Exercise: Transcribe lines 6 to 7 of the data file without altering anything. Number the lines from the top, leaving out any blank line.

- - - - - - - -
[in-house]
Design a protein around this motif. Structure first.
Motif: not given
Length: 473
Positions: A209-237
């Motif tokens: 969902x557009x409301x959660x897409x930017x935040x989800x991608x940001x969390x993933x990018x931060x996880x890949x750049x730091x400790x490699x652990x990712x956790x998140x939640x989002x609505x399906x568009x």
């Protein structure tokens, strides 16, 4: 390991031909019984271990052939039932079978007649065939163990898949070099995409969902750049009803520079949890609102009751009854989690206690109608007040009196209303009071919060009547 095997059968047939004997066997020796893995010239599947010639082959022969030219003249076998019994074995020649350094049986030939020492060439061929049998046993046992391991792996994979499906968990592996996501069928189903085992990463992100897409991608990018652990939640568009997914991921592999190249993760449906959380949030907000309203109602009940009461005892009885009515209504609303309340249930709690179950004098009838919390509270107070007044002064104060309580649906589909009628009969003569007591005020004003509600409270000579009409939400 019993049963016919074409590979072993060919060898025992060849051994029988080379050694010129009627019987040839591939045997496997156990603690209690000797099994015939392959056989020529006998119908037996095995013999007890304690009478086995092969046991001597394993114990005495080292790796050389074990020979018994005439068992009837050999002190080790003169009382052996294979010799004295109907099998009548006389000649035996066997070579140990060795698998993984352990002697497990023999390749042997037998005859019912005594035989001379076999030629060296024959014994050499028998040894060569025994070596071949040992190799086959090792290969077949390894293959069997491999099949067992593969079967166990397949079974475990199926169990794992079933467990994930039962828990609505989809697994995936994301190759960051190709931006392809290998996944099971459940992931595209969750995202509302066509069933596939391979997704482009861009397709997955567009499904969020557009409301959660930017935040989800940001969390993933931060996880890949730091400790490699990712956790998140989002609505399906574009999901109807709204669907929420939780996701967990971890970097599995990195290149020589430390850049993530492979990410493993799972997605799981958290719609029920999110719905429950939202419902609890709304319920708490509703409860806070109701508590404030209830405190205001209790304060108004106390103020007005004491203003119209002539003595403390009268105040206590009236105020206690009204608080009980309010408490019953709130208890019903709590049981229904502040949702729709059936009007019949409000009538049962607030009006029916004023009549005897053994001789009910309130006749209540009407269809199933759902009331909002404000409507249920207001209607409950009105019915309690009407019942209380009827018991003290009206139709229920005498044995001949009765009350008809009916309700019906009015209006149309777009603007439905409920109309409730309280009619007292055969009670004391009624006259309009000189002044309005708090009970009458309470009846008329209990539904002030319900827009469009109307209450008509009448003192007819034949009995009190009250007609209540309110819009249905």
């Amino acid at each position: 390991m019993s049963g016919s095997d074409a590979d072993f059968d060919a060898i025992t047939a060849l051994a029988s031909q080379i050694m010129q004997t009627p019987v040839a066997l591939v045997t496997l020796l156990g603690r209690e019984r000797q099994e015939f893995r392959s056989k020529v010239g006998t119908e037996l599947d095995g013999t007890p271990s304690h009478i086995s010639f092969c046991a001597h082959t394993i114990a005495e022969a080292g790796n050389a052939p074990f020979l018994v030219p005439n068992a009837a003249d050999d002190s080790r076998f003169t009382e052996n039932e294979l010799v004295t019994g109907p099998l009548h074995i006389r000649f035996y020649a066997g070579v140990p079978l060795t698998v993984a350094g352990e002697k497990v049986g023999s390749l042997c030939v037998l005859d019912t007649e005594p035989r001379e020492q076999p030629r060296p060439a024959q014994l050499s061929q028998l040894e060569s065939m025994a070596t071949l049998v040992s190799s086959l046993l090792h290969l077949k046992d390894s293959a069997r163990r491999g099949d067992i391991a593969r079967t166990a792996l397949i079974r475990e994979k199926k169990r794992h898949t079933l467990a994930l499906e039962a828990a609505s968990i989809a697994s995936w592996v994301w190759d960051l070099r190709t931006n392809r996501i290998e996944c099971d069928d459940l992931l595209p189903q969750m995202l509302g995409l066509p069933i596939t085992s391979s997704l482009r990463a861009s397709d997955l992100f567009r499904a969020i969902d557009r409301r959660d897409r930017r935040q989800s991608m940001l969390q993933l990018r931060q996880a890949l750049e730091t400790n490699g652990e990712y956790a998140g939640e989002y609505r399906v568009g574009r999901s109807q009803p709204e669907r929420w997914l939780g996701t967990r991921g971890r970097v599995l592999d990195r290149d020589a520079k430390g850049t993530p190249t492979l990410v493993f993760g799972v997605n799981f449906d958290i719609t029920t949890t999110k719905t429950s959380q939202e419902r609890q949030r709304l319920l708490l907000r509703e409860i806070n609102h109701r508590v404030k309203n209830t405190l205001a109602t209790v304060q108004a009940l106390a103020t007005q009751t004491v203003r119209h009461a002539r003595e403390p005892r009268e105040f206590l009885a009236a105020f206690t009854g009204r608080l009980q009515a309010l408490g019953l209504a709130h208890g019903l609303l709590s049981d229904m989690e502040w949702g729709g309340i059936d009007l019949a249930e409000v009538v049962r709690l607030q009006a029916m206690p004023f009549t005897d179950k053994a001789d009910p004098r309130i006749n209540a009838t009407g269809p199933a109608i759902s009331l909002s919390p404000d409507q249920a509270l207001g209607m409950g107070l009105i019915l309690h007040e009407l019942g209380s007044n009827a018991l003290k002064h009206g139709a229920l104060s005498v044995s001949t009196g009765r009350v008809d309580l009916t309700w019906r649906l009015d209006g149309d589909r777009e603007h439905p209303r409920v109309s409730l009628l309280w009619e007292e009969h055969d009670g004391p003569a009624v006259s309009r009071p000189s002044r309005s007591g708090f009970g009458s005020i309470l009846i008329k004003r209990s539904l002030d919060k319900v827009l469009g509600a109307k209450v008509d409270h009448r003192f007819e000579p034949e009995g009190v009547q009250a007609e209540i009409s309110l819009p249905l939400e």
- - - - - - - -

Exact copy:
């Motif tokens: 969902x557009x409301x959660x897409x930017x935040x989800x991608x940001x969390x993933x990018x931060x996880x890949x750049x730091x400790x490699x652990x990712x956790x998140x939640x989002x609505x399906x568009x």
């Protein structure tokens, strides 16, 4: 390991031909019984271990052939039932079978007649065939163990898949070099995409969902750049009803520079949890609102009751009854989690206690109608007040009196209303009071919060009547 095997059968047939004997066997020796893995010239599947010639082959022969030219003249076998019994074995020649350094049986030939020492060439061929049998046993046992391991792996994979499906968990592996996501069928189903085992990463992100897409991608990018652990939640568009997914991921592999190249993760449906959380949030907000309203109602009940009461005892009885009515209504609303309340249930709690179950004098009838919390509270107070007044002064104060309580649906589909009628009969003569007591005020004003509600409270000579009409939400 019993049963016919074409590979072993060919060898025992060849051994029988080379050694010129009627019987040839591939045997496997156990603690209690000797099994015939392959056989020529006998119908037996095995013999007890304690009478086995092969046991001597394993114990005495080292790796050389074990020979018994005439068992009837050999002190080790003169009382052996294979010799004295109907099998009548006389000649035996066997070579140990060795698998993984352990002697497990023999390749042997037998005859019912005594035989001379076999030629060296024959014994050499028998040894060569025994070596071949040992190799086959090792290969077949390894293959069997491999099949067992593969079967166990397949079974475990199926169990794992079933467990994930039962828990609505989809697994995936994301190759960051190709931006392809290998996944099971459940992931595209969750995202509302066509069933596939391979997704482009861009397709997955567009499904969020557009409301959660930017935040989800940001969390993933931060996880890949730091400790490699990712956790998140989002609505399906574009999901109807709204669907929420939780996701967990971890970097599995990195290149020589430390850049993530492979990410493993799972997605799981958290719609029920999110719905429950939202419902609890709304319920708490509703409860806070109701508590404030209830405190205001209790304060108004106390103020007005004491203003119209002539003595403390009268105040206590009236105020206690009204608080009980309010408490019953709130208890019903709590049981229904502040949702729709059936009007019949409000009538049962607030009006029916004023009549005897053994001789009910309130006749209540009407269809199933759902009331909002404000409507249920207001209607409950009105019915309690009407019942209380009827018991003290009206139709229920005498044995001949009765009350008809009916309700019906009015209006149309777009603007439905409920109309409730309280009619007292055969009670004391009624006259309009000189002044309005708090009970009458309470009846008329209990539904002030319900827009469009109307209450008509009448003192007819034949009995009190009250007609209540309110819009249905």